Total thyroidectomy and central neck dissection are the procedures of choice in patients affected with medullary thyroid cancer. It is known that a medullary thyroid cancer with node metastases can be rarely cured, and therefore the utility of a modified radical neck dissection in the absence of suspicious node metastases still needs further evidence. The study aims to verify whether other epidemiological and pathological parameters could affect the prognosis of medullary thyroid cancer patients. We prospectively studied 70 medullary thyroid cancer patients consecutively operated on (from 2000 to 2004) at the same institution and analysed by the same pathologists. All patients underwent total thyroidectomy and central lymphadenectomy. In 27 cases, the ipsilateral (n=19) or bilateral (n=8) modified radical neck dissection was performed in the presence of suspicious lateral neck node metastases. After surgical treatment, basal and stimulated serum calcitonins (Cts) were measured in all patients. Follow-up ranged between 1 and 4 years. Patients were considered ‘cured’ when stimulated Ct was undetectable. Age, sex, tumour size, tumour capsule, multicentricity, nodes in the central neck and mean number of positive nodes were analysed in ‘cured’ and ‘not-cured’ patients. The presence of node metastases in the central compartment was significantly correlated with the outcome of the patients, being present in 9 and 72% of cured and not-cured patients respectively (P<0.000001). Tumour size was also significantly correlated with the outcome of the disease (P<0.00006). The presence of the tumour capsule correlated with better prognosis (P=0.0005) and absence of node metastases (P=0.0080). By multivariate analysis, the presence of node metastasis remained the most significant variable affecting the outcome of the disease (P=0.000014). Our results show that the outcome of encapsulated cancer is significantly better regardless of tumour size and node metastases. Although the early diagnosis and the extensive surgical treatment may favour the good outcome of medullary thyroid cancer, they do not always guarantee the definitive cure of the disease, being the capsular infiltration an independent bad prognostic factor.
Paolo Miccoli, Michele N Minuto, Clara Ugolini, Eleonora Molinaro, Fulvio Basolo, Piero Berti, Aldo Pinchera and Rossella Elisei
Cristina Romei, Raffaele Ciampi, Pinuccia Faviana, Laura Agate, Eleonora Molinaro, Valeria Bottici, Fulvio Basolo, Paolo Miccoli, Furio Pacini, Aldo Pinchera and Rossella Elisei
A low sodium iodide symporter (NIS) expression has been shown in papillary thyroid carcinomas (PTCs) harboring the BRAFV600E mutation. In the present study, we analyzed the mRNA expression of thyroid differentiation genes, glucose transporter (GLUT)-1 and GLUT-3, in 78 PTCs according to the presence of BRAFV600E or RET/PTC rearrangements. We found BRAFV600E and RET/PTC rearrangements in 35.8 and 19.4% of PTCs respectively. The mRNA expression of NIS and thyroperoxidase (TPO) genes were significantly lower (P<0.0001 and P=0.004 respectively) in BRAFV600E-positive PTC with respect to non-mutated samples. In support of this result, immunohistochemistry showed that the percentage of NIS-positive cells was significantly lower (P=0.005) in BRAFV600E-mutated PTC (mean 53.5%) than in negative cases (mean 72.6%). In contrast, no difference either in NIS or in any other thyroid differentiation genes' mRNA expression was found in PTC with or without RET/PTC rearrangements. When GLUT-1 and GLUT-3 mRNA expression was considered, no correlation was found either in BRAFV600E- nor in RET/PTC-mutated cases. In conclusion, this study confirmed the presence of a genetic alteration of BRAF and/or RET oncogenes in 64% of PTC cases and revealed a significant correlation of BRAFV600E mutation with a lower expression of both NIS and TPO. This latter finding could indicate that an early dedifferentiation process is present at the molecular level in BRAFV600E-mutated PTC, thus suggesting that the previously demonstrated poor prognostic significance of BRAFV600E mutation could be related to the dedifferentiation process more than to a more advanced stage at diagnosis.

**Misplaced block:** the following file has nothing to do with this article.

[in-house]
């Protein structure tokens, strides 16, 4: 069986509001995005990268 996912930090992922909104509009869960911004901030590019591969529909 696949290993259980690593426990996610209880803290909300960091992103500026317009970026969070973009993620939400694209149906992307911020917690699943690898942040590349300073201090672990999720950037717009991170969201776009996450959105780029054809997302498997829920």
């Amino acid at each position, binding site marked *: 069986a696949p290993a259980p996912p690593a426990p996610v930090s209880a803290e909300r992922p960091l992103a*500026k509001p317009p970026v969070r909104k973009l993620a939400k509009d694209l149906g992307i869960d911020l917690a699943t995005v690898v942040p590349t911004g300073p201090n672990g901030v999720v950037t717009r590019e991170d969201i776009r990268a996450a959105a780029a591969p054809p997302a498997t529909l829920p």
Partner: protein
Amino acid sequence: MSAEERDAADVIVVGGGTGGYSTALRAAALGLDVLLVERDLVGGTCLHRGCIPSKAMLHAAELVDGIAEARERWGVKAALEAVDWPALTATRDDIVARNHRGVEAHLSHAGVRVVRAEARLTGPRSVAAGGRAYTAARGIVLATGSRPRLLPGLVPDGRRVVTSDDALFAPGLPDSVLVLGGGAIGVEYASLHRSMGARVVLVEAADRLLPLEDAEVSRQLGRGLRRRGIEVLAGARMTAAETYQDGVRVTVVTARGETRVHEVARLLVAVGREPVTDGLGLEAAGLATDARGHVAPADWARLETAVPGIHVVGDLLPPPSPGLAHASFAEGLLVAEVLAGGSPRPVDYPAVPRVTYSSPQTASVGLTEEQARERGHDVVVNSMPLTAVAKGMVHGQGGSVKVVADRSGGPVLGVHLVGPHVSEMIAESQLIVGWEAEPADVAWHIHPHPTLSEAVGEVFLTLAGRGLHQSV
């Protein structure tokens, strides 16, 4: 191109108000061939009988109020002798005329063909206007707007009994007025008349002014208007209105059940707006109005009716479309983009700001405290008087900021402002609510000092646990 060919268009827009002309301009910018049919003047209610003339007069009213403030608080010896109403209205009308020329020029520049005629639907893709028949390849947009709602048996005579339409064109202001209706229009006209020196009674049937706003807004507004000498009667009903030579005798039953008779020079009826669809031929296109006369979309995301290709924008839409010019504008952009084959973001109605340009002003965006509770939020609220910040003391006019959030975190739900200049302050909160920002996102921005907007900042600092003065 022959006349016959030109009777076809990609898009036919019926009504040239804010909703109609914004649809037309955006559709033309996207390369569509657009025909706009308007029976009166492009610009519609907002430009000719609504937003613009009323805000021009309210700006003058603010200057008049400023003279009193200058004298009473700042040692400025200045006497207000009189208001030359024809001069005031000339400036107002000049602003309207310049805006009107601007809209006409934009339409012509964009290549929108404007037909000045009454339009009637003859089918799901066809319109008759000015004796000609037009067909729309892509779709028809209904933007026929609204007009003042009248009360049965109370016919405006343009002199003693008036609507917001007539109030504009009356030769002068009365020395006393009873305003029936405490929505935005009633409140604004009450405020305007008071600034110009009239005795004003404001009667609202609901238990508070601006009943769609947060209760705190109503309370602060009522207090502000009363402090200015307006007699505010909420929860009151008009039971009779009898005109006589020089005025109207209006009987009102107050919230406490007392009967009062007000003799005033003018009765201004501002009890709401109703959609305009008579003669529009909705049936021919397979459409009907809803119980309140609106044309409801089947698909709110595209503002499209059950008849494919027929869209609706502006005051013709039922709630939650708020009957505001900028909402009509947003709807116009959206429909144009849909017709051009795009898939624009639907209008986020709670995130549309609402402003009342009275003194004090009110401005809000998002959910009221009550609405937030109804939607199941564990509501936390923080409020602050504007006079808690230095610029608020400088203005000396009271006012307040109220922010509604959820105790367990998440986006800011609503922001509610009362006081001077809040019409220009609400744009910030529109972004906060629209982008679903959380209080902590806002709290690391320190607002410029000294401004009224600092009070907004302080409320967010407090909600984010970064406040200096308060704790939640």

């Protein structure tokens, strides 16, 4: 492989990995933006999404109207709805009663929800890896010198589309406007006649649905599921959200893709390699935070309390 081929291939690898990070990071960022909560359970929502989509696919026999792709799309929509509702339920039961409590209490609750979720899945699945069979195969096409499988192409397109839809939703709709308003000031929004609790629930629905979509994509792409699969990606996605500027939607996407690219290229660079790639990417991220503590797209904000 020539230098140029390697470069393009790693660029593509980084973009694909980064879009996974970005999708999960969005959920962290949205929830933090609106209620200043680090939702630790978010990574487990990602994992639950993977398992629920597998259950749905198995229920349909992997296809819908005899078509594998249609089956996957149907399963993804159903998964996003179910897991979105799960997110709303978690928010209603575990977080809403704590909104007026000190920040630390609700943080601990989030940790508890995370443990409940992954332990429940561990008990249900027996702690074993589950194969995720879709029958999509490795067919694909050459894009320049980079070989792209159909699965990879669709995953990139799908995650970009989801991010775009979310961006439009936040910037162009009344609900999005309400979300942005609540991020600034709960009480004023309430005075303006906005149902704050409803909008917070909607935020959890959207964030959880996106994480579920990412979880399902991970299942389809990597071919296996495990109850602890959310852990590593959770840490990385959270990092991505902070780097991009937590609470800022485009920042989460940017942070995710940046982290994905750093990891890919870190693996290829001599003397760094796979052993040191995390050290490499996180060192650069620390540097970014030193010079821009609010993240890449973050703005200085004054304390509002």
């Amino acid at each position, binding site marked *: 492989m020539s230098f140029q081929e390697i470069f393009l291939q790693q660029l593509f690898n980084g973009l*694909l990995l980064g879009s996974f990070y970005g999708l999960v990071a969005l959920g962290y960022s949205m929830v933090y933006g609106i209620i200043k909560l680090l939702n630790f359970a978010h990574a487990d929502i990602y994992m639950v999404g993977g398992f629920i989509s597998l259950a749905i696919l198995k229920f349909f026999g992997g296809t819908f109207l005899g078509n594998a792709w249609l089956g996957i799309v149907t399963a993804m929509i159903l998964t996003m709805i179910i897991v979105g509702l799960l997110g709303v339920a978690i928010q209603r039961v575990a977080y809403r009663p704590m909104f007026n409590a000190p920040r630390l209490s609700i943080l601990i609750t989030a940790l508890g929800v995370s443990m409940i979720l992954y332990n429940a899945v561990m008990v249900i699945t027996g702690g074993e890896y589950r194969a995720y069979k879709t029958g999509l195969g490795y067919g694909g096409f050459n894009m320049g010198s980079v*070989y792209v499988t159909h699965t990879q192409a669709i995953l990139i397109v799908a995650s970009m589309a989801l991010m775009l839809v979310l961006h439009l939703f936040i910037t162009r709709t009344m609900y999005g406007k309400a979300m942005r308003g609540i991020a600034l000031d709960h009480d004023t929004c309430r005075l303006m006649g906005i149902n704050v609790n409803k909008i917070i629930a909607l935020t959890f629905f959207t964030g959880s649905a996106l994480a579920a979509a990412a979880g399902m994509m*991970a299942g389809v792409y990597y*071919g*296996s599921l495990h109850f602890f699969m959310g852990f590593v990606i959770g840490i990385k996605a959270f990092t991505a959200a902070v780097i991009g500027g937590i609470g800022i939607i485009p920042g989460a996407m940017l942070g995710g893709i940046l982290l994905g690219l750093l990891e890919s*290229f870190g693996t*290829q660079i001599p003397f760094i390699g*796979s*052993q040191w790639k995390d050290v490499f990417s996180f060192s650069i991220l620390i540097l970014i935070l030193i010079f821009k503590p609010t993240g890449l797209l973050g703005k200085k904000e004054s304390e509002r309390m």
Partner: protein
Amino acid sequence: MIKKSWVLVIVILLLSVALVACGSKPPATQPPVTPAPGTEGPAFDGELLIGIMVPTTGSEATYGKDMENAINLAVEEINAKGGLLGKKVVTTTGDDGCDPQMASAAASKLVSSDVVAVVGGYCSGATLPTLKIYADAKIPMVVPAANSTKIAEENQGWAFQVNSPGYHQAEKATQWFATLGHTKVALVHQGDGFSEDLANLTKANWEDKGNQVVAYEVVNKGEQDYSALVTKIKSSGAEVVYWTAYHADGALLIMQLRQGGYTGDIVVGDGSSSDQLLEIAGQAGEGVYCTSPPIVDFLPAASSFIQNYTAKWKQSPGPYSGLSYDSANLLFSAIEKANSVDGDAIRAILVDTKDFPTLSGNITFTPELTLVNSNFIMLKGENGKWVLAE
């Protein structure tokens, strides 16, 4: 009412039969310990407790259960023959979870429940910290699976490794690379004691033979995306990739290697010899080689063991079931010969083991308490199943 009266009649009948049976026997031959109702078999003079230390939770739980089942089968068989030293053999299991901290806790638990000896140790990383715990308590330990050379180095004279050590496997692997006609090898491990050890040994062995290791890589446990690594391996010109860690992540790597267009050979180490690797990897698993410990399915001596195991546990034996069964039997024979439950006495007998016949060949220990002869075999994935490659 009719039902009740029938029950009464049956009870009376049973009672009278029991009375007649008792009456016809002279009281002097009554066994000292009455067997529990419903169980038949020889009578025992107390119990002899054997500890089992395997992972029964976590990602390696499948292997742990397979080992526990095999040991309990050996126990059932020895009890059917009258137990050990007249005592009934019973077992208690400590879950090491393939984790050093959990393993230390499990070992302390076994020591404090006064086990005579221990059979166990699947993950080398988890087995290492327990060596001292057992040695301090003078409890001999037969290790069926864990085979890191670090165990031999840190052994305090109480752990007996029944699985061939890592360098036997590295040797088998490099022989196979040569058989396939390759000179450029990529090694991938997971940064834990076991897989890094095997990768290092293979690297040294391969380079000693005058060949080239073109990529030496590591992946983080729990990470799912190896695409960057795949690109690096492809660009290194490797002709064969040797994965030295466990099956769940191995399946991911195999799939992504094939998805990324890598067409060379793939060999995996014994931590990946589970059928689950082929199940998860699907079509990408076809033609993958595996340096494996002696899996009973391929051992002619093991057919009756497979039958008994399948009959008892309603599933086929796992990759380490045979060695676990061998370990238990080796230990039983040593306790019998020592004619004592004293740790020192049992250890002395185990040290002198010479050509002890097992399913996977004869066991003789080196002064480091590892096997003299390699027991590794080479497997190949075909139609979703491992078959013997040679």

Maria Denaro, Clara Ugolini, Anello Marcello Poma, Nicla Borrelli, Gabriele Materazzi, Paolo Piaggi, Massimo Chiarugi, Paolo Miccoli, Paolo Vitti and Fulvio Basolo
Noninvasive encapsulated follicular variants of papillary thyroid carcinomas have been recently reclassified as noninvasive follicular thyroid neoplasms with papillary-like nuclear features (NIFTPs). NIFTPs exhibit a behavior that is very close to that of follicular adenomas but different from the infiltrative and invasive follicular variants of papillary thyroid carcinomas (FVPTCs). The importance of miRNAs to carcinogenesis has been reported in recent years. miRNAs seem to be promising diagnostic and prognostic molecular markers for thyroid cancer, and the combination of miRNA expression and mutational status might improve cytological diagnosis. The aim of the present study was to evaluate the miRNA expression profile in wild-type, RAS - or BRAF-mutated NIFTPs, infiltrative and invasive FVPTCs, and follicular adenomas using the nCounter miRNA Expression assay (NanoString Technologies). To identify the significant Kyoto Encyclopedia of Genes and Genomes (KEGG) molecular pathways associated with deregulated miRNAs, we used the union of pathways option in DNA Intelligent Analysis (DIANA) miRPath software. We have shown that the miRNA expression profiles of wild-type and mutated NIFTPs could be different. The expression profile of wild-type NIFTPs seems comparable to that of follicular adenomas, whereas mutated NIFTPs have an expression profile similar to that of infiltrative and invasive FVPTCs. The upregulation of 4 miRNAs (miR-221-5p, miR-221-3p, miR-222-3p, miR-146b-5p) and the downregulation of 8 miRNAs (miR-181a-3p, miR-28-5p, miR-363-3p, miR-342-3p, miR-1285-5p, miR-152-3p, miR-25-3p, miR-30e-3) in mutated NIFTPs compared to wild-type ones suggest a potential invasive-like phenotype by deregulating the specific pathways involved in cell adhesion and cell migration (Hippo signaling pathway, ECM-receptor interaction, adherens junction, regulation of actin cytoskeleton, fatty acid biosynthesis and metabolism).